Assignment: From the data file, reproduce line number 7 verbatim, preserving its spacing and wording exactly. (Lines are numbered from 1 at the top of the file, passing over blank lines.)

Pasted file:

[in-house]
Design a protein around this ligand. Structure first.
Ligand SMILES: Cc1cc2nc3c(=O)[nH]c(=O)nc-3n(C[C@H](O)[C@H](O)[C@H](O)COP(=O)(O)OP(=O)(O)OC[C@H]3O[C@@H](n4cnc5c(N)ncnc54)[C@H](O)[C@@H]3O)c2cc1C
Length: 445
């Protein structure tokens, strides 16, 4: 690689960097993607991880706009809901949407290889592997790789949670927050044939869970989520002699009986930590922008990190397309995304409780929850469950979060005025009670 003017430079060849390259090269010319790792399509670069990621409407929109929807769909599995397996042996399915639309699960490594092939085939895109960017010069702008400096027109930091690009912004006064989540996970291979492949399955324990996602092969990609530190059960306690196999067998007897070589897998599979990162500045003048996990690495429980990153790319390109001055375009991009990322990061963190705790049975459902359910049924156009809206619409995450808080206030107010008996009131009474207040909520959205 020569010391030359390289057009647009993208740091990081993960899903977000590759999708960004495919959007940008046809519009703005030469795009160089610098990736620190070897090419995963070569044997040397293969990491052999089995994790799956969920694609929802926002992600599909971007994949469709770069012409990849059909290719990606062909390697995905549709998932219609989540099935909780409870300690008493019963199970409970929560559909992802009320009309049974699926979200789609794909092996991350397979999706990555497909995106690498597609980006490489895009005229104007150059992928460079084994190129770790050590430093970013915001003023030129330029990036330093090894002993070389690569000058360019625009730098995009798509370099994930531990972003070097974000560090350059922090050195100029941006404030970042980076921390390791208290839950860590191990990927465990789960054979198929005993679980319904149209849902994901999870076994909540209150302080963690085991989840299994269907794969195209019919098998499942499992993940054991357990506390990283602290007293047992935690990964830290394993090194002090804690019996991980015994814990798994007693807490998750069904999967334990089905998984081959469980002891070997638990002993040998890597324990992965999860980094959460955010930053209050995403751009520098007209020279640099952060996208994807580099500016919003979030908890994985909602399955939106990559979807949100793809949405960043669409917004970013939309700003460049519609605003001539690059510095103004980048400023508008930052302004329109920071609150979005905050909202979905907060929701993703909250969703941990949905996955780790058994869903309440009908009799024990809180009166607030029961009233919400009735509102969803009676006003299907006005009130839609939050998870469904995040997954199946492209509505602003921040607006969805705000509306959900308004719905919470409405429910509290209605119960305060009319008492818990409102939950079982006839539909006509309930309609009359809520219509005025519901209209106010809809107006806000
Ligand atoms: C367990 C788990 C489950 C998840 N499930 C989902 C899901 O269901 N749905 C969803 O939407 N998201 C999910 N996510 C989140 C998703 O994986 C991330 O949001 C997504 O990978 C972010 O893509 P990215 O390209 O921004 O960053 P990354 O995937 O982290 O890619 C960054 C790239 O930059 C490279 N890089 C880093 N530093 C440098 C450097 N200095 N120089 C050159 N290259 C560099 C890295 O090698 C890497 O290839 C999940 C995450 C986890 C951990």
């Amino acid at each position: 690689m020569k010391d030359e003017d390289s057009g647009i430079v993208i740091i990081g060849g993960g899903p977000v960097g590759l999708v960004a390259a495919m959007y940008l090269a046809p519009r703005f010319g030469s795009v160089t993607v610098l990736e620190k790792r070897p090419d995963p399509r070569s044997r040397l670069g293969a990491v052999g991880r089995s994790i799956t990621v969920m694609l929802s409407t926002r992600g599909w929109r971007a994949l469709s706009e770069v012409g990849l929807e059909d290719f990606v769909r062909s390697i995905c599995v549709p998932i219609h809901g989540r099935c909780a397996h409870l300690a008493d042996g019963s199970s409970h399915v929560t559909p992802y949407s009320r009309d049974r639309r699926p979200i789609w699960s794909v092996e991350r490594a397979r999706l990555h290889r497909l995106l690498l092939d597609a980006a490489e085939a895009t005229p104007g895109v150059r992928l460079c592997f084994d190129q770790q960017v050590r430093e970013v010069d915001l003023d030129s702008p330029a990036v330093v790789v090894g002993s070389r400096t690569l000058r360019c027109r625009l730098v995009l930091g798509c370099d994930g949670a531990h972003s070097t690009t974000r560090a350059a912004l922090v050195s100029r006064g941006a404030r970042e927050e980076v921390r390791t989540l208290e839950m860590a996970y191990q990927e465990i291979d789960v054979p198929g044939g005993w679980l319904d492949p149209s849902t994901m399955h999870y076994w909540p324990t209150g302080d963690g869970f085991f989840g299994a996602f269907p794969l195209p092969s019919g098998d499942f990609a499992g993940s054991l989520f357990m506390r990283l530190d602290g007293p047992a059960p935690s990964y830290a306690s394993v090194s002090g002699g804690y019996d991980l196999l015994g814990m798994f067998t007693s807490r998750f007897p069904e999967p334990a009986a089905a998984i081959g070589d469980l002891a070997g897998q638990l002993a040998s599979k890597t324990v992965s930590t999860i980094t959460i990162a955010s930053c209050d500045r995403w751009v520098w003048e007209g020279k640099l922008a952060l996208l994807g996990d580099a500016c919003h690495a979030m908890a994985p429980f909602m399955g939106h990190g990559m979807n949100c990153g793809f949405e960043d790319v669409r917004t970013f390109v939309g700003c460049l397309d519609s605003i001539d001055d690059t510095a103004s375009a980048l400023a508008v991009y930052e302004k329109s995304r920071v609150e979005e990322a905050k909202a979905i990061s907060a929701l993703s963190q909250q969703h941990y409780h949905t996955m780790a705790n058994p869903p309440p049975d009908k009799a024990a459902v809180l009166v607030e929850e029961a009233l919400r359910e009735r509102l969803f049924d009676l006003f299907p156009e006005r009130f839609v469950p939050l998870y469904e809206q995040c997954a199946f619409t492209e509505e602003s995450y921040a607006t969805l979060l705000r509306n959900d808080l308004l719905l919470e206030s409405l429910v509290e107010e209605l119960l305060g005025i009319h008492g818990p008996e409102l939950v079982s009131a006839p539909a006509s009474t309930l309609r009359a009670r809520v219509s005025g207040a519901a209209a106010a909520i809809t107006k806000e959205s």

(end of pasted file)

């Amino acid at each position: 690689m020569k010391d030359e003017d390289s057009g647009i430079v993208i740091i990081g060849g993960g899903p977000v960097g590759l999708v960004a390259a495919m959007y940008l090269a046809p519009r703005f010319g030469s795009v160089t993607v610098l990736e620190k790792r070897p090419d995963p399509r070569s044997r040397l670069g293969a990491v052999g991880r089995s994790i799956t990621v969920m694609l929802s409407t926002r992600g599909w929109r971007a994949l469709s706009e770069v012409g990849l929807e059909d290719f990606v769909r062909s390697i995905c599995v549709p998932i219609h809901g989540r099935c909780a397996h409870l300690a008493d042996g019963s199970s409970h399915v929560t559909p992802y949407s009320r009309d049974r639309r699926p979200i789609w699960s794909v092996e991350r490594a397979r999706l990555h290889r497909l995106l690498l092939d597609a980006a490489e085939a895009t005229p104007g895109v150059r992928l460079c592997f084994d190129q770790q960017v050590r430093e970013v010069d915001l003023d030129s702008p330029a990036v330093v790789v090894g002993s070389r400096t690569l000058r360019c027109r625009l730098v995009l930091g798509c370099d994930g949670a531990h972003s070097t690009t974000r560090a350059a912004l922090v050195s100029r006064g941006a404030r970042e927050e980076v921390r390791t989540l208290e839950m860590a996970y191990q990927e465990i291979d789960v054979p198929g044939g005993w679980l319904d492949p149209s849902t994901m399955h999870y076994w909540p324990t209150g302080d963690g869970f085991f989840g299994a996602f269907p794969l195209p092969s019919g098998d499942f990609a499992g993940s054991l989520f357990m506390r990283l530190d602290g007293p047992a059960p935690s990964y830290a306690s394993v090194s002090g002699g804690y019996d991980l196999l015994g814990m798994f067998t007693s807490r998750f007897p069904e999967p334990a009986a089905a998984i081959g070589d469980l002891a070997g897998q638990l002993a040998s599979k890597t324990v992965s930590t999860i980094t959460i990162a955010s930053c209050d500045r995403w751009v520098w003048e007209g020279k640099l922008a952060l996208l994807g996990d580099a500016c919003h690495a979030m908890a994985p429980f909602m399955g939106h990190g990559m979807n949100c990153g793809f949405e960043d790319v669409r917004t970013f390109v939309g700003c460049l397309d519609s605003i001539d001055d690059t510095a103004s375009a980048l400023a508008v991009y930052e302004k329109s995304r920071v609150e979005e990322a905050k909202a979905i990061s907060a929701l993703s963190q909250q969703h941990y409780h949905t996955m780790a705790n058994p869903p309440p049975d009908k009799a024990a459902v809180l009166v607030e929850e029961a009233l919400r359910e009735r509102l969803f049924d009676l006003f299907p156009e006005r009130f839609v469950p939050l998870y469904e809206q995040c997954a199946f619409t492209e509505e602003s995450y921040a607006t969805l979060l705000r509306n959900d808080l308004l719905l919470e206030s409405l429910v509290e107010e209605l119960l305060g005025i009319h008492g818990p008996e409102l939950v079982s009131a006839p539909a006509s009474t309930l309609r009359a009670r809520v219509s005025g207040a519901a209209a106010a909520i809809t107006k806000e959205s």